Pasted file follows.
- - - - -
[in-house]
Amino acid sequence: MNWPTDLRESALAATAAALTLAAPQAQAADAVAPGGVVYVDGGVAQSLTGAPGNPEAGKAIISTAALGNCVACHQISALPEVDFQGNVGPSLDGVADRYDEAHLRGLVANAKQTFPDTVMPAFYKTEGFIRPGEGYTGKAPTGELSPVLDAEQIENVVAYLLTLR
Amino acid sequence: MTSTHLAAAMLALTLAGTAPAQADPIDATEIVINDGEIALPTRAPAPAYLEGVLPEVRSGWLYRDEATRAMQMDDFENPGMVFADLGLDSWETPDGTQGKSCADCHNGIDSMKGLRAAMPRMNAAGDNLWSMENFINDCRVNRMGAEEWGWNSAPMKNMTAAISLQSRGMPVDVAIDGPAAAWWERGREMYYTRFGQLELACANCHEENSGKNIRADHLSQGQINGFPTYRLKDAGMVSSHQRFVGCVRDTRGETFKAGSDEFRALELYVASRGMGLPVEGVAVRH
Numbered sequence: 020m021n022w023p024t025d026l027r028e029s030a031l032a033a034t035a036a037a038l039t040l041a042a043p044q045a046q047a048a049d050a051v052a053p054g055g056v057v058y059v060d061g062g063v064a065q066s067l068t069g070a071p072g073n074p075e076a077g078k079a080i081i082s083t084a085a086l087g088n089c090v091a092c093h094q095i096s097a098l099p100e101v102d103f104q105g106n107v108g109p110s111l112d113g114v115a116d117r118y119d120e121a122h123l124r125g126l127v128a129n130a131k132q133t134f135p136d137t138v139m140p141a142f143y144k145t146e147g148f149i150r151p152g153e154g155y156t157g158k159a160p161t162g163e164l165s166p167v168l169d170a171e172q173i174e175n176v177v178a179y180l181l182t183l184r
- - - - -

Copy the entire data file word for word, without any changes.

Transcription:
[in-house]
Amino acid sequence: MNWPTDLRESALAATAAALTLAAPQAQAADAVAPGGVVYVDGGVAQSLTGAPGNPEAGKAIISTAALGNCVACHQISALPEVDFQGNVGPSLDGVADRYDEAHLRGLVANAKQTFPDTVMPAFYKTEGFIRPGEGYTGKAPTGELSPVLDAEQIENVVAYLLTLR
Amino acid sequence: MTSTHLAAAMLALTLAGTAPAQADPIDATEIVINDGEIALPTRAPAPAYLEGVLPEVRSGWLYRDEATRAMQMDDFENPGMVFADLGLDSWETPDGTQGKSCADCHNGIDSMKGLRAAMPRMNAAGDNLWSMENFINDCRVNRMGAEEWGWNSAPMKNMTAAISLQSRGMPVDVAIDGPAAAWWERGREMYYTRFGQLELACANCHEENSGKNIRADHLSQGQINGFPTYRLKDAGMVSSHQRFVGCVRDTRGETFKAGSDEFRALELYVASRGMGLPVEGVAVRH
Numbered sequence: 020m021n022w023p024t025d026l027r028e029s030a031l032a033a034t035a036a037a038l039t040l041a042a043p044q045a046q047a048a049d050a051v052a053p054g055g056v057v058y059v060d061g062g063v064a065q066s067l068t069g070a071p072g073n074p075e076a077g078k079a080i081i082s083t084a085a086l087g088n089c090v091a092c093h094q095i096s097a098l099p100e101v102d103f104q105g106n107v108g109p110s111l112d113g114v115a116d117r118y119d120e121a122h123l124r125g126l127v128a129n130a131k132q133t134f135p136d137t138v139m140p141a142f143y144k145t146e147g148f149i150r151p152g153e154g155y156t157g158k159a160p161t162g163e164l165s166p167v168l169d170a171e172q173i174e175n176v177v178a179y180l181l182t183l184r